Our Glowforge laser has been an amazingly valuable asset to us as we make this journey through entrepreneurship. One of the great perks of having a Glowforge is that we have access to the Proofgrade Shop. Here, the company provides regular availability of a variety of standard materials - at prices which one can turn a profit. They regularly keep stock of a handful of hardwood, plywood, and cast acrylic in both 1/8 (”Medium”) and 1/4 inch (”Thick”) thicknesses. Additionally, wood veneer and leather are also available.
The acrylics all come in a variety of industry-standard solid colors, though their shop is entirely devoid of any specialty acrylics, such as glitter-faced, metallic, or two-color styles.
Their wood selection is as equally unimpressive, though plenty with which to build an entire business. They primarily offer Maple, Walnut, and Cherry wood, with poplar being available in hardwood form only. Approximately 95% of the materials we’ve acquired from them have been perfect, and we had no issues throwing them right into the laser and cutting immediately.
Again, it’s plenty of variety for most users. As usual, though, I don’t quite fit into such a clean and tidy little box. Don’t get me wrong; all three of these are gorgeous woods with some real natural beauty. It's easy to see that they selected their offerings for their clarity, consistency, and availability to their North American target market. However, many kinds of wood aren’t so consistent when it comes to their colors, grain, and figure. A few trips to the local hardwood store opened my eyes to the stunning array of all-natural patterns that the trees from around the world provide.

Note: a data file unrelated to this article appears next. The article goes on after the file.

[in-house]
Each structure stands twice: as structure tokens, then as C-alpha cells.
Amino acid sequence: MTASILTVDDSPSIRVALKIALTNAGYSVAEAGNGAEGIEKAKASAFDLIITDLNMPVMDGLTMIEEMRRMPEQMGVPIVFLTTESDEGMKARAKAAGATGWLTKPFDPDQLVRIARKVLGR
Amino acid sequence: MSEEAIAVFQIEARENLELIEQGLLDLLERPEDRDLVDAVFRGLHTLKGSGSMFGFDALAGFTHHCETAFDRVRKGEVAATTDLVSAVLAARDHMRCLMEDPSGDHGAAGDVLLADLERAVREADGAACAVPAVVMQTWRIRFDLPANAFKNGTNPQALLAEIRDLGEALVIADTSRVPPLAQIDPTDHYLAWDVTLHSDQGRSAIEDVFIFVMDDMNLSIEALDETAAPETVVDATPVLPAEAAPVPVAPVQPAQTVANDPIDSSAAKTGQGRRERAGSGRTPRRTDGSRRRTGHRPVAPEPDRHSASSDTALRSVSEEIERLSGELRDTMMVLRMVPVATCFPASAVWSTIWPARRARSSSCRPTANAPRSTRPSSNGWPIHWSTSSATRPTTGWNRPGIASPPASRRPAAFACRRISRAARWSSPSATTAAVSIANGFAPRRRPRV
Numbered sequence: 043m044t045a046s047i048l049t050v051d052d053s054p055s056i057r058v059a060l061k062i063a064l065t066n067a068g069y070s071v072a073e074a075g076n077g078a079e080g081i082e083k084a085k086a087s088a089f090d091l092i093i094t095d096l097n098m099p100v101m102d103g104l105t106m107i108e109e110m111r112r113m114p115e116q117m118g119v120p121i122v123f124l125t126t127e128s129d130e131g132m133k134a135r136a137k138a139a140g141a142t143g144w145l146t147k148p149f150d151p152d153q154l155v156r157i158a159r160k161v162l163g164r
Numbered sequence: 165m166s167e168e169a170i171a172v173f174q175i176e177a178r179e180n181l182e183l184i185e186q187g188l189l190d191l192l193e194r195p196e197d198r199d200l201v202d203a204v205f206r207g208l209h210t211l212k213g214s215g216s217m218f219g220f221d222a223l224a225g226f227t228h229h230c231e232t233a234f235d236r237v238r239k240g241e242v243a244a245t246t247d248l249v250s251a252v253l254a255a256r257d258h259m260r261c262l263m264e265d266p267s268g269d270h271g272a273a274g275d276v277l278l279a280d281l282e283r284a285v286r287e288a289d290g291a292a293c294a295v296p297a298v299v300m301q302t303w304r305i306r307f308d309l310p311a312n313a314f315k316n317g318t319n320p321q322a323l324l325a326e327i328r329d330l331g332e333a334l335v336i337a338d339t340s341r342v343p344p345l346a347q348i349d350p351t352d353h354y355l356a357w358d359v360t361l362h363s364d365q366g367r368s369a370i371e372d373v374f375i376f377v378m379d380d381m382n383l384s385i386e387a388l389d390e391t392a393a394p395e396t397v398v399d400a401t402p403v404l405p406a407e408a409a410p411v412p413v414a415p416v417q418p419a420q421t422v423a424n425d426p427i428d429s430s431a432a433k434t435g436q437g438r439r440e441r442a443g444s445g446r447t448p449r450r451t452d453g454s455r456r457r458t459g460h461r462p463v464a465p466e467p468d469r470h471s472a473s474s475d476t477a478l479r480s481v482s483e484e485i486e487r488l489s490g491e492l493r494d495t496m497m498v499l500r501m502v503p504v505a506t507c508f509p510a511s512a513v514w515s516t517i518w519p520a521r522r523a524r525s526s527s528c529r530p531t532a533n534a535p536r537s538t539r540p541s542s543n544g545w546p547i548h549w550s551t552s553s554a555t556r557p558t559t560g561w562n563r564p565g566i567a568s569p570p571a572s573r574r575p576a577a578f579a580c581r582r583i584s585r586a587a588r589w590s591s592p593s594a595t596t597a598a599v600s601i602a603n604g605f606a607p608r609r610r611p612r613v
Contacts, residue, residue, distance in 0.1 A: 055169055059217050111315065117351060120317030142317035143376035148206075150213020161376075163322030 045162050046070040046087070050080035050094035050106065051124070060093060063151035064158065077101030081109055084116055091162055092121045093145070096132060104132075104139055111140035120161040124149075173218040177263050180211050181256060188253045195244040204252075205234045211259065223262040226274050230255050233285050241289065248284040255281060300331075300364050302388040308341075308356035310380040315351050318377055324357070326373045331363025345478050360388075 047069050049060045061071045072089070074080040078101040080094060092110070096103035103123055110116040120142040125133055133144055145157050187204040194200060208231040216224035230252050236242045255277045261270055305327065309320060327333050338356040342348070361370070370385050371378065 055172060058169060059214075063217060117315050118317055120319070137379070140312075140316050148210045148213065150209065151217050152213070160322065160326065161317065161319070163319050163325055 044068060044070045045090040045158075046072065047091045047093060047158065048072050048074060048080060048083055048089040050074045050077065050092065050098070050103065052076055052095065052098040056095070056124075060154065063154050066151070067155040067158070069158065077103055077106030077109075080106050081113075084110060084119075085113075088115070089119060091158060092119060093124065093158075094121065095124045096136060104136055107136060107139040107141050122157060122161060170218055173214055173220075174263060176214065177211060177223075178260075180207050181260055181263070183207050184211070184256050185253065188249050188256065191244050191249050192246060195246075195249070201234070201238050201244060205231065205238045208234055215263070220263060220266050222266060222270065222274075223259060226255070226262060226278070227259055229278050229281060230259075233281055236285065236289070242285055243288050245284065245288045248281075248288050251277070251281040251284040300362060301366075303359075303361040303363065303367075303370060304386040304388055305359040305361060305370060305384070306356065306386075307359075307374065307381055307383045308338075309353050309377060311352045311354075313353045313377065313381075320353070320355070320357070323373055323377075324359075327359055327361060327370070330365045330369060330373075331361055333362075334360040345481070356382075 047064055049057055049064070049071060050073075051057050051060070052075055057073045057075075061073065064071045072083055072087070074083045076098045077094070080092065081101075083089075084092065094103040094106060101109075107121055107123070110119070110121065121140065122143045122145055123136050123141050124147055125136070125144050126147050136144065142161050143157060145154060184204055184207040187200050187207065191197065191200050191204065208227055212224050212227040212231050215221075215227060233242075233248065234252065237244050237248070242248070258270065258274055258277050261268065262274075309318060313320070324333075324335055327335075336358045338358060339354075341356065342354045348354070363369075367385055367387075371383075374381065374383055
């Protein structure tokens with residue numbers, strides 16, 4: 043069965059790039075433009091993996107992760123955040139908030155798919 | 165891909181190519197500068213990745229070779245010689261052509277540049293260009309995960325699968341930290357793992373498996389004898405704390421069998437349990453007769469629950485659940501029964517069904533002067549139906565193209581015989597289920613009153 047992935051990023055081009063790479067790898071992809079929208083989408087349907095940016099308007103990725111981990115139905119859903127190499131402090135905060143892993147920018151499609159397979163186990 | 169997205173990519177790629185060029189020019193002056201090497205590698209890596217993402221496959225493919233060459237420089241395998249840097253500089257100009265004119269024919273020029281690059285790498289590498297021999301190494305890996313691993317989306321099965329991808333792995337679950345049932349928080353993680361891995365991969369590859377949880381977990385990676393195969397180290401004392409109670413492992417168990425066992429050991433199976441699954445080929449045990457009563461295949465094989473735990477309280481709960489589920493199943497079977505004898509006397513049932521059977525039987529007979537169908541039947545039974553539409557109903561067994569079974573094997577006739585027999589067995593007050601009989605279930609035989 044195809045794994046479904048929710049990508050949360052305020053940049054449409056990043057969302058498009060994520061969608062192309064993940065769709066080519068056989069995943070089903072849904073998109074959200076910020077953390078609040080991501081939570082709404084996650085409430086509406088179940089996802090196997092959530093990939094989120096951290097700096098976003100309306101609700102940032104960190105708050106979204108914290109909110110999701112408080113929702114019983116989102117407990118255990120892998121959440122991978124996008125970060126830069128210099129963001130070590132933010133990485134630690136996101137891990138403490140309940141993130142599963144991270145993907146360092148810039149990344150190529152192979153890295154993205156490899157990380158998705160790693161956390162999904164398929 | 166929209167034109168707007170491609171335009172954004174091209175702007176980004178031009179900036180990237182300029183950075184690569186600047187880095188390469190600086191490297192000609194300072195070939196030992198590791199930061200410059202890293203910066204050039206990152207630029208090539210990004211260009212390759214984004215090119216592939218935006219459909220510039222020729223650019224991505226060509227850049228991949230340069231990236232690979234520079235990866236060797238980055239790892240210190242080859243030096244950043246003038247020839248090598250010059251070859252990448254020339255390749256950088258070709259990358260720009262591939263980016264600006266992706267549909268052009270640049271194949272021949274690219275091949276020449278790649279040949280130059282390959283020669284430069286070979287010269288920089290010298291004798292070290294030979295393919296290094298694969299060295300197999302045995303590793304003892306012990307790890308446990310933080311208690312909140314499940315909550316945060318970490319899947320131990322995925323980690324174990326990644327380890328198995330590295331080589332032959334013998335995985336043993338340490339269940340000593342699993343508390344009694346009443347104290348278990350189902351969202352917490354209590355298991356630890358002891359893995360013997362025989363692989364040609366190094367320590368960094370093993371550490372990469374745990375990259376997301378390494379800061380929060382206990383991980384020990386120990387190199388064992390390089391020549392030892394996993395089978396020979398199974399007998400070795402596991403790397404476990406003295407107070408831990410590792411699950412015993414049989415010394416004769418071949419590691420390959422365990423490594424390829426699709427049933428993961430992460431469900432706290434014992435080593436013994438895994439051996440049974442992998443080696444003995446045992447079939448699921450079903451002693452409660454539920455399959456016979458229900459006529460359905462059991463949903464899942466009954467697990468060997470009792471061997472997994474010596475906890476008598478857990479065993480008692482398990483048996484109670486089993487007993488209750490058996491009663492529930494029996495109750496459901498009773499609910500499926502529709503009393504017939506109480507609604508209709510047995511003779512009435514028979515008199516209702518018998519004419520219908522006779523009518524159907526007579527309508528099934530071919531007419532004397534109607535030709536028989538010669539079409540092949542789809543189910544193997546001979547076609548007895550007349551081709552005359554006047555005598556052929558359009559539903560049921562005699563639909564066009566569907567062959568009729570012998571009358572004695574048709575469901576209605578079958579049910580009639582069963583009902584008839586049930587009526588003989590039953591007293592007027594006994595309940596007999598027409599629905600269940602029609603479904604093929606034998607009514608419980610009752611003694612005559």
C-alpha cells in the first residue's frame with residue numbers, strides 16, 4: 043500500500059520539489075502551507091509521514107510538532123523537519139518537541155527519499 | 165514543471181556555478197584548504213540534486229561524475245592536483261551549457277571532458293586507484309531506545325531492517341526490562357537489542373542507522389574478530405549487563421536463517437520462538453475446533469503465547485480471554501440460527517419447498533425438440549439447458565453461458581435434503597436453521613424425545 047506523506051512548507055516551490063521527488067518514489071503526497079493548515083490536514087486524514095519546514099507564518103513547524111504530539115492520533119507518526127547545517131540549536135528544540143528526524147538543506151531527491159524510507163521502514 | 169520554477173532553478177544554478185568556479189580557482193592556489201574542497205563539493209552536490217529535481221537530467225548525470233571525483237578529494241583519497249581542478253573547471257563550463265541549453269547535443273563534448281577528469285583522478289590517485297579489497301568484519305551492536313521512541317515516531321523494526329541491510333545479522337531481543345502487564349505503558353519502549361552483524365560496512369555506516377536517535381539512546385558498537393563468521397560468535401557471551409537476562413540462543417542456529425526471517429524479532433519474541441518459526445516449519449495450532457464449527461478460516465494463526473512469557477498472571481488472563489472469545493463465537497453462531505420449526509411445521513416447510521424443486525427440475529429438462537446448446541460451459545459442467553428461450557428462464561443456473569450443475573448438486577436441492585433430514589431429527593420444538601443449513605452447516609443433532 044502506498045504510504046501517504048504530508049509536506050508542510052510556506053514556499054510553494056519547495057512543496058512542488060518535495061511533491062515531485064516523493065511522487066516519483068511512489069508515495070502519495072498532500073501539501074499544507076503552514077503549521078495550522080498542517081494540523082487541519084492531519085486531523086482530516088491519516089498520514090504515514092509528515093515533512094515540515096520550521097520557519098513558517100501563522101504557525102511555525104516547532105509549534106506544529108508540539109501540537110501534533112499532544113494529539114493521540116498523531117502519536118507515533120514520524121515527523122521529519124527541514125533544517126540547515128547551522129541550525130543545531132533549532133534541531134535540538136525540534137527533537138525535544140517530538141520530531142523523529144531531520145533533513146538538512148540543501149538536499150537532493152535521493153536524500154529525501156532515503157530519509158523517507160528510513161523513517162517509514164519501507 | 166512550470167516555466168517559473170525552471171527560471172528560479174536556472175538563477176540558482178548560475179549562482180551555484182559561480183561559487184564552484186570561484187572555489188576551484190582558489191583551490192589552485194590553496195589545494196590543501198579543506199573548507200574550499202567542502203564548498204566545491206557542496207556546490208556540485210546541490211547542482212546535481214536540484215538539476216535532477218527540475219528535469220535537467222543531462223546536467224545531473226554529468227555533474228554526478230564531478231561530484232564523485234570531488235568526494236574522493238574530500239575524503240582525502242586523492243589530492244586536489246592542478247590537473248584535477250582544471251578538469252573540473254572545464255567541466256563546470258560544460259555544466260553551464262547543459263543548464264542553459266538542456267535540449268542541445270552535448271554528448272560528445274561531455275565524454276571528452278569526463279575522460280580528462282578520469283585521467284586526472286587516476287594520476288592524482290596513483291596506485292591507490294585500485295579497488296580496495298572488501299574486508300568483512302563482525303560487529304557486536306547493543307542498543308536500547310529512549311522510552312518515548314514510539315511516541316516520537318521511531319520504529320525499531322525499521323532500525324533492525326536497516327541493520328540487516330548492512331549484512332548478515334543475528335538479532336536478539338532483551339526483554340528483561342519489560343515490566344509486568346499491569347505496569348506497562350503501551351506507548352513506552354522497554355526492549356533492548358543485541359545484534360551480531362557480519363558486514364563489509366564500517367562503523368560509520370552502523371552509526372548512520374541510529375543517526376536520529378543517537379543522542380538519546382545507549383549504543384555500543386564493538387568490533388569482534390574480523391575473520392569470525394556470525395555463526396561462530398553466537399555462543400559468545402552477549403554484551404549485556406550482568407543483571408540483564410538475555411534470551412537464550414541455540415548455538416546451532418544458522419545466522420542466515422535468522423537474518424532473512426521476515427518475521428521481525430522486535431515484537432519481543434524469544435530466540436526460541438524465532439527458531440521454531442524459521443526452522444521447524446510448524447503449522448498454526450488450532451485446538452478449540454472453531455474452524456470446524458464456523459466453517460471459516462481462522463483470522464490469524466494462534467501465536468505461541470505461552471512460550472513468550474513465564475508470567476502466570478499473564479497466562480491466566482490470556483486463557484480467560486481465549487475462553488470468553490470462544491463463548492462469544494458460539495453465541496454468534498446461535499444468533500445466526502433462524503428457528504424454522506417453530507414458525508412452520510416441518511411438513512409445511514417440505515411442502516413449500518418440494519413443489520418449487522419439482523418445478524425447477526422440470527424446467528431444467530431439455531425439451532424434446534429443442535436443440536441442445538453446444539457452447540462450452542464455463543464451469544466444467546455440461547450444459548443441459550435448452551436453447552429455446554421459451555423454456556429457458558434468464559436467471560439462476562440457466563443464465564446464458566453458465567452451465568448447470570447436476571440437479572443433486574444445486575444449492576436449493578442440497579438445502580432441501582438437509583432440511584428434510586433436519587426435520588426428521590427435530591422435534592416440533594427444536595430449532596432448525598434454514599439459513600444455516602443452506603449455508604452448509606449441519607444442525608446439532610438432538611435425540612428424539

We browsed through the exotic wood boards for hours, admiring each of them. We knew right then that these were materials from which we’d make our most precious of heirloom products. Sure, nearly all-natural wood is unique and distinct. There's just so much more out there than the common ones that we see regularly. My favorites are those that raise the bar entirely. These include - but are not limited to - the radiant and aptly-named Yellowheart, Purpleheart, and Redheart. The fantastic patterns in the confusingly labeled Red Flame Box Elder, the wild curves and swirls of Bocote, and several others.